Al Jazeera Correspondent

Timeline: The Marcos regime

During his two decades in power, Ferdinand Marcos allegedly looted billions of dollars.

“This nation can be great again. This I have said over and over. It is my articles of faith, and divine providence has willed that you and I can now translate this faith into deeds.”

“Mandate for Greatness,” first inaugural speech of President Ferdinand E. Marcos, 30 December 1965

1965  Ferdinand E. Marcos is elected president of the Philippines

1966  Marcos supports the US policy in Vietnam and despite opposition against his plan he manages to gain Congressional approval to send Philippine troops to Vietnam

1969  As the first Filipino president to win a second term, Marcos is re-elected amidst allegations of electoral fraud. Muslim separatists in the south of the country begin their campaign of guerrilla war

1970  Students in Manila mobilise huge numbers of people to attend protests against US imperialism and the “rise of fascism” under Marcos rule. This period of leftist unrest and demonstrations against the government became known as the “First Quarter Storm”

1972  Marcos declares martial law on September 21, extending his rule beyond the constitutional two-term limit. He justifies his decision with threats of Communist and separatist Muslim insurgencies, and the allegedly staged assassination attempt of a government official. The parliament is suspended, opposition politicians and critics are arrested and censorship is imposed; the size of the Philippine military is increased and military officers are placed in high public and private positions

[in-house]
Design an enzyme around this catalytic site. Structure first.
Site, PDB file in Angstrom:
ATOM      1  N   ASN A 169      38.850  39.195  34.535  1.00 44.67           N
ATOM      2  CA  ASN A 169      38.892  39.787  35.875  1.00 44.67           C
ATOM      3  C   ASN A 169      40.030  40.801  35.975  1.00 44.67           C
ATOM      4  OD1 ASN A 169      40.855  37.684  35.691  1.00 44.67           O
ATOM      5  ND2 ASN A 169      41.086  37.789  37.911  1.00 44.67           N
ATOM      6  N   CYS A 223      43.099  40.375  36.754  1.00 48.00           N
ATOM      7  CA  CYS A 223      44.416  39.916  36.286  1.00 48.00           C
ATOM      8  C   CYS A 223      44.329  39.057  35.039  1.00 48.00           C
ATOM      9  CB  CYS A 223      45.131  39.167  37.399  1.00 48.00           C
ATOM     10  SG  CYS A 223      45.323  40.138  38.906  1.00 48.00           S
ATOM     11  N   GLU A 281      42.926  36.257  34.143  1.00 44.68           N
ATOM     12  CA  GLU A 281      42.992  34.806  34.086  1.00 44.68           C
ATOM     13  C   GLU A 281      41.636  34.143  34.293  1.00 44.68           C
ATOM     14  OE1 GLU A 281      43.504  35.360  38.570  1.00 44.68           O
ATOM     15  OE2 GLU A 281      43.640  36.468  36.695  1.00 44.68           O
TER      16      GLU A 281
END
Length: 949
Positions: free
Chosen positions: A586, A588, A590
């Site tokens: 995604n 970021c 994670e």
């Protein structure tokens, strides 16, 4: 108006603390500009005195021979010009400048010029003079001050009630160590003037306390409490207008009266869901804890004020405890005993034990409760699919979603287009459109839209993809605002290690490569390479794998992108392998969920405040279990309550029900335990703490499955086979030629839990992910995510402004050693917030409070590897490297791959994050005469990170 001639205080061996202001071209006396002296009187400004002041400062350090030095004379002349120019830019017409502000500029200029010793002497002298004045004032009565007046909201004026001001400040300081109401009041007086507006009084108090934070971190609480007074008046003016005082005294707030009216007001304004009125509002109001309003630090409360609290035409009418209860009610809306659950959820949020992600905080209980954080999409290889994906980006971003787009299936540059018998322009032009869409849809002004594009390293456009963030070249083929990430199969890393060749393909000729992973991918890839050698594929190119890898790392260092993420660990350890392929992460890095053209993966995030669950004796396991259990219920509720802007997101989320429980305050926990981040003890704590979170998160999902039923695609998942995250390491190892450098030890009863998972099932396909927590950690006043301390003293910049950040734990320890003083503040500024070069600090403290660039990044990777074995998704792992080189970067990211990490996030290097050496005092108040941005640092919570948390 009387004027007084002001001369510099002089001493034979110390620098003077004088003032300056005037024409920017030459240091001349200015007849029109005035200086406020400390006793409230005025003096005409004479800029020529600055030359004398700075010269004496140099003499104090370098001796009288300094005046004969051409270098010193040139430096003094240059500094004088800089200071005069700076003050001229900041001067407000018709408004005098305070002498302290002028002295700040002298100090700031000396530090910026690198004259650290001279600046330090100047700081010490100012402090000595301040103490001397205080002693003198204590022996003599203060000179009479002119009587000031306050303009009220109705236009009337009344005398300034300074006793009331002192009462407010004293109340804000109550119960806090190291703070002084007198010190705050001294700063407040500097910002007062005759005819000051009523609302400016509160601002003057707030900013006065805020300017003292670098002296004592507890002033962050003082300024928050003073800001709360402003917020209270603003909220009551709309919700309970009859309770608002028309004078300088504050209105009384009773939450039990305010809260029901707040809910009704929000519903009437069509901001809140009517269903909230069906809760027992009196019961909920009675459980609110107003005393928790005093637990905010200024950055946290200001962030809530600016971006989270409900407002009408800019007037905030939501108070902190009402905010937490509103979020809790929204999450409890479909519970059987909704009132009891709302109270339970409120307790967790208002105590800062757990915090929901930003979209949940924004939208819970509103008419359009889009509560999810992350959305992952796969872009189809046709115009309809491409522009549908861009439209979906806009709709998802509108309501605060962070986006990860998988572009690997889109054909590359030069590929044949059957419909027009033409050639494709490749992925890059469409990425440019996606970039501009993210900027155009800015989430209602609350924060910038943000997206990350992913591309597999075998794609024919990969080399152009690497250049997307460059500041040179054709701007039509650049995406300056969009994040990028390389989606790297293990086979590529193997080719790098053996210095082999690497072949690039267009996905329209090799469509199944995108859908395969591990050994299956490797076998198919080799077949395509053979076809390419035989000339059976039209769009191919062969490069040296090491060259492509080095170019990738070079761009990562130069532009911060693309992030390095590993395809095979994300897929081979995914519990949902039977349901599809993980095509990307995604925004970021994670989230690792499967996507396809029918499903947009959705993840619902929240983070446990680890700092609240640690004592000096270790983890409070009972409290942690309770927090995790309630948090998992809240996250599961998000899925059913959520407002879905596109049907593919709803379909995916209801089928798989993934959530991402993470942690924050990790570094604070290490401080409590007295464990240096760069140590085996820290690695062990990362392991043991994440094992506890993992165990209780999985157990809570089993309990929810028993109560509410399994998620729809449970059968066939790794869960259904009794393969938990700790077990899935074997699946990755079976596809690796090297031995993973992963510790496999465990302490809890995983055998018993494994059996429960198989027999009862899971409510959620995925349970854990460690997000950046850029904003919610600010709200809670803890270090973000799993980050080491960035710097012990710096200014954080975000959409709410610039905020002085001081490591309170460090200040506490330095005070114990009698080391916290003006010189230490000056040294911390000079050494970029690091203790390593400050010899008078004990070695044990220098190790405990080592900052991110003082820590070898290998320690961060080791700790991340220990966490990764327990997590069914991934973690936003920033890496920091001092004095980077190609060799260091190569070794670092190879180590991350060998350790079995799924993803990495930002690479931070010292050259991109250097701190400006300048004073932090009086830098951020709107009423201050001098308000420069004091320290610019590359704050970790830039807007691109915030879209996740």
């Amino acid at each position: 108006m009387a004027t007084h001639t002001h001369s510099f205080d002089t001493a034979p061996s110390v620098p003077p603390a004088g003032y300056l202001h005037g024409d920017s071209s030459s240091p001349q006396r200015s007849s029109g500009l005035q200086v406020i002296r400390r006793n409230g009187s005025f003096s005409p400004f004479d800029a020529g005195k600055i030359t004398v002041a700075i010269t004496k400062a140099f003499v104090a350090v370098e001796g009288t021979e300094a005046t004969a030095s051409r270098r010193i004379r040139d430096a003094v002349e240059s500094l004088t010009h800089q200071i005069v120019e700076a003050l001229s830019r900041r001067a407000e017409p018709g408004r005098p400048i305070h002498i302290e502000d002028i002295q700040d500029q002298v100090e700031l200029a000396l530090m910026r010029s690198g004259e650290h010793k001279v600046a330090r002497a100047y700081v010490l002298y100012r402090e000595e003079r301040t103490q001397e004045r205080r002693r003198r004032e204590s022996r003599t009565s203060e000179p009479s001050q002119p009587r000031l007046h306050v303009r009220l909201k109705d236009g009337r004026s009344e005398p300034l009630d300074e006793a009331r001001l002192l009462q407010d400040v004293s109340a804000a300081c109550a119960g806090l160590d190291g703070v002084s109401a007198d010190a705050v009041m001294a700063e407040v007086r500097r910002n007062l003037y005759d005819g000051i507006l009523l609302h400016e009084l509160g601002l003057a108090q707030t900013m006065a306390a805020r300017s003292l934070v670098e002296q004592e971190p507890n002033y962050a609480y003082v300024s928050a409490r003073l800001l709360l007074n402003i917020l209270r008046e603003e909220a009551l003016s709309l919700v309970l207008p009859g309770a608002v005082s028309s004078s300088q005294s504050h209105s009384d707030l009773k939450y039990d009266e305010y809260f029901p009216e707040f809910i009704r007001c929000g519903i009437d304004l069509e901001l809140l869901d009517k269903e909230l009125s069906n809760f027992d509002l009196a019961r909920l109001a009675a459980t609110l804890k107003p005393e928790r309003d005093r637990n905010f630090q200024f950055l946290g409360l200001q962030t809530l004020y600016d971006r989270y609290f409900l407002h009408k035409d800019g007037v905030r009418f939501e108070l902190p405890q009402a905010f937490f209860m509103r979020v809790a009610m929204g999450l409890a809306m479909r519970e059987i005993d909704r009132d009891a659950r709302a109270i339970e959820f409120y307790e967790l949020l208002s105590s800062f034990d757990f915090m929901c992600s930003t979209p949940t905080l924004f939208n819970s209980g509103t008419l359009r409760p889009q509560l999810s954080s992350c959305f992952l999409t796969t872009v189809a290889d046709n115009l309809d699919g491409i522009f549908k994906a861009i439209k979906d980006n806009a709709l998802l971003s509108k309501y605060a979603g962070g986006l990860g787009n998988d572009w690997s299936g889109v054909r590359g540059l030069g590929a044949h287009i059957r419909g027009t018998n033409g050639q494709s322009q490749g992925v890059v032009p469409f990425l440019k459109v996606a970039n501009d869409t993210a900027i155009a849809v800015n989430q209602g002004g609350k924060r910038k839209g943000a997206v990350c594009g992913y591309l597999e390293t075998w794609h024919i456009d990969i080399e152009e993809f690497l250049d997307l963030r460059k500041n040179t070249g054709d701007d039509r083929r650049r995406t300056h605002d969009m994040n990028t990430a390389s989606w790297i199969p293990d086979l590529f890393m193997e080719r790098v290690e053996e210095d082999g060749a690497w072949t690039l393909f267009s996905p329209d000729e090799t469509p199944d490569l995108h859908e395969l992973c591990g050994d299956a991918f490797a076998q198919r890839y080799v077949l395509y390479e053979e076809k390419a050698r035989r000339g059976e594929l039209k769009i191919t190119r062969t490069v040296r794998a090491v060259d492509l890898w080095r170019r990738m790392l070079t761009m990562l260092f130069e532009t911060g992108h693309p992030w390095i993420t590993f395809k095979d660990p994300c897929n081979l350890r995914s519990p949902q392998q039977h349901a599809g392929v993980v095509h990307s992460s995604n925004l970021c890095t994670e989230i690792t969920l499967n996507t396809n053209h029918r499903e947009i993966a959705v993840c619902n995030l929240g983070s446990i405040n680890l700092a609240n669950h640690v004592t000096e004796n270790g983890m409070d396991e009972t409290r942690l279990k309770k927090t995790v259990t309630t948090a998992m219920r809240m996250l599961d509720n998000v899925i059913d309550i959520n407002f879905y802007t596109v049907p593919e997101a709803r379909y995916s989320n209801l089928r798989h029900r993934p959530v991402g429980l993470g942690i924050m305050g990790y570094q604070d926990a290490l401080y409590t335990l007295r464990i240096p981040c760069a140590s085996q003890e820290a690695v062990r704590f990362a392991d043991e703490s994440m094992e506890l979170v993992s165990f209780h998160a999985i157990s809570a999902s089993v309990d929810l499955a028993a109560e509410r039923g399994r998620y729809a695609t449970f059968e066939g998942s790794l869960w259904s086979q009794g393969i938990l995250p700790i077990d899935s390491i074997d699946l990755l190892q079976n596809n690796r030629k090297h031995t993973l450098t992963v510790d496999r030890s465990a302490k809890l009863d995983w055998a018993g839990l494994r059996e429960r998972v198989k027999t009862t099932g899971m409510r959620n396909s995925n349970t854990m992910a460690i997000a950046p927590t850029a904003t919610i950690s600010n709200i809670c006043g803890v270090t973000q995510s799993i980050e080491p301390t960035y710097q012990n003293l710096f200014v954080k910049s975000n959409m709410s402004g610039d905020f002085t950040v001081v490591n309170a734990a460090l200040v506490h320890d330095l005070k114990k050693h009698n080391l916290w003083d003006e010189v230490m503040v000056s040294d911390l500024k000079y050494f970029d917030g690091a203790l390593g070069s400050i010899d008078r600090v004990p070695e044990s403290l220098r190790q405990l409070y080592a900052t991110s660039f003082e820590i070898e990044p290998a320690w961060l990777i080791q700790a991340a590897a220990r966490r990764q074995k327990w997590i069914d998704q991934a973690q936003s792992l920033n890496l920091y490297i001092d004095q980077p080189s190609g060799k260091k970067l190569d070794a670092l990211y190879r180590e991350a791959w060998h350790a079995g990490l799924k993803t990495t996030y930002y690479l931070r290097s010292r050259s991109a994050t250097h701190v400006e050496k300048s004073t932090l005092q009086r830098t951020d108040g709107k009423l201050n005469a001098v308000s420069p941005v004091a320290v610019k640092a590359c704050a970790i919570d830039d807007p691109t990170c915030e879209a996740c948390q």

“We love your adherence to democratic principles and to the democratic process, and we will not leave you in isolation”

President George Bush addressing Ferdinand Marcos on his visit to Manila in 1981

1973  Marcos adopts a new constitution and consolidates his hold on power beyond 1973. Opposition leader Benigno “Ninoy” Aquino is arrested and charged with murder, subversion and illegal possession of firearms  

1977  After years in prison Aquino is sentenced to death. Marcos delays the execution

1980  Aquino is allowed to travel to the US for medical treatment and stays there

1981  Martial law is lifted. Marcos is re-elected as president

1983  Aquino returns to the Philippines, but is shot dead at Manila airport as he leaves the plane. Many blame Marcos and the military for the murder, but no-one was ever punished for ordering the assassination

1985  The nation is in political and economic chaos, with Marcos under attack by the media and the democratic opposition. Fifty-six assemblymen sign a resolution calling for the impeachment of Ferdinand Marcos for alleged diversion of US aid for personal use. A political movement is formed around Benigno Aquino’s widow Corazon

1986  Presidential elections see Marcos opposed by Aquino’s widow, Corazon. Marcos is officially declared the winner, but Aquino disputes the result. Allegations of fraud and illegal tampering spark a popular uprising, dubbed “people power”, in Manila. The military withdraws its support for Marcos who flees with his family to Hawaii. The new government under “Cory” Aquino claims Marcos had looted billions of dollars during his two decades in power

1989  Seventy-two-year-old Ferdinand Marcos dies in exile in Hawaii after being hospitalised for nearly 10 months

1989  US jets assist Philippine government forces in suppressing an attempted coup d’etat against the Aquino government in December

1990  After a new government investigation, military officials are convicted of the murder of Benigno Aquino

1991  Imelda Marcos and her children return to the Philippines


Imelda and Me airs from Thursday, September 22, at the following times GMT: Thursday: 2000; Friday: 1200; Saturday: 0100; Sunday: 0600; Monday: 2000; Tuesday: 1200; Wednesday: 0100; Thursday: 0600.

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